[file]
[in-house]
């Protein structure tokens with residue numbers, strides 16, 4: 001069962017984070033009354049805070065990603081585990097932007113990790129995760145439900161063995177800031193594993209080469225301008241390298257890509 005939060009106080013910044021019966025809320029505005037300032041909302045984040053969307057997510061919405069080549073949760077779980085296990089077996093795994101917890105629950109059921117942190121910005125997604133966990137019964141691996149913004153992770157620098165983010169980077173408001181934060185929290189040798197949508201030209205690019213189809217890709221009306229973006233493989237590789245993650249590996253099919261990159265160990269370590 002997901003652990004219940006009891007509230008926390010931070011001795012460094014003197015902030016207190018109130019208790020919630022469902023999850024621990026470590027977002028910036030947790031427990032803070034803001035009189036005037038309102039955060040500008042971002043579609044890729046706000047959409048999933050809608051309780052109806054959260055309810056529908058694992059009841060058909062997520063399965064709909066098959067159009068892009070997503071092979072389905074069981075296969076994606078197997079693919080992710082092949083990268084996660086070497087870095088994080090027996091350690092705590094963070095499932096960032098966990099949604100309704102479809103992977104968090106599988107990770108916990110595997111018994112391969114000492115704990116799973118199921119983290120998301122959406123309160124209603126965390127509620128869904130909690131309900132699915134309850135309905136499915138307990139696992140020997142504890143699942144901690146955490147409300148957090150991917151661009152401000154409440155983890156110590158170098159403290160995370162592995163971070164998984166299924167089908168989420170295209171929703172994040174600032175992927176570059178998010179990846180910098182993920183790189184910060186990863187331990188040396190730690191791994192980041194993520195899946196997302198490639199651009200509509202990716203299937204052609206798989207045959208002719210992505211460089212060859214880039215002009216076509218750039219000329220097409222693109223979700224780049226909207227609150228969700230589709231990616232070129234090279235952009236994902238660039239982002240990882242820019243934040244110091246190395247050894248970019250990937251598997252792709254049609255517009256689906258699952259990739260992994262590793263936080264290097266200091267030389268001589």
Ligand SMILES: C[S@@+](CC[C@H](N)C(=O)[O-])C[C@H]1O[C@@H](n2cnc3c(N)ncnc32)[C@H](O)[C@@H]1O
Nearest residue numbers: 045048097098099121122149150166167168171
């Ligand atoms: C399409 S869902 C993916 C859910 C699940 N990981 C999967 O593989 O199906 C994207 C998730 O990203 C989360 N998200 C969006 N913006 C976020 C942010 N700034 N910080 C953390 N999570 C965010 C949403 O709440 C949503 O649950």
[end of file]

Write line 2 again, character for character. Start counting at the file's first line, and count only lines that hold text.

């Protein structure tokens with residue numbers, strides 16, 4: 001069962017984070033009354049805070065990603081585990097932007113990790129995760145439900161063995177800031193594993209080469225301008241390298257890509 005939060009106080013910044021019966025809320029505005037300032041909302045984040053969307057997510061919405069080549073949760077779980085296990089077996093795994101917890105629950109059921117942190121910005125997604133966990137019964141691996149913004153992770157620098165983010169980077173408001181934060185929290189040798197949508201030209205690019213189809217890709221009306229973006233493989237590789245993650249590996253099919261990159265160990269370590 002997901003652990004219940006009891007509230008926390010931070011001795012460094014003197015902030016207190018109130019208790020919630022469902023999850024621990026470590027977002028910036030947790031427990032803070034803001035009189036005037038309102039955060040500008042971002043579609044890729046706000047959409048999933050809608051309780052109806054959260055309810056529908058694992059009841060058909062997520063399965064709909066098959067159009068892009070997503071092979072389905074069981075296969076994606078197997079693919080992710082092949083990268084996660086070497087870095088994080090027996091350690092705590094963070095499932096960032098966990099949604100309704102479809103992977104968090106599988107990770108916990110595997111018994112391969114000492115704990116799973118199921119983290120998301122959406123309160124209603126965390127509620128869904130909690131309900132699915134309850135309905136499915138307990139696992140020997142504890143699942144901690146955490147409300148957090150991917151661009152401000154409440155983890156110590158170098159403290160995370162592995163971070164998984166299924167089908168989420170295209171929703172994040174600032175992927176570059178998010179990846180910098182993920183790189184910060186990863187331990188040396190730690191791994192980041194993520195899946196997302198490639199651009200509509202990716203299937204052609206798989207045959208002719210992505211460089212060859214880039215002009216076509218750039219000329220097409222693109223979700224780049226909207227609150228969700230589709231990616232070129234090279235952009236994902238660039239982002240990882242820019243934040244110091246190395247050894248970019250990937251598997252792709254049609255517009256689906258699952259990739260992994262590793263936080264290097266200091267030389268001589």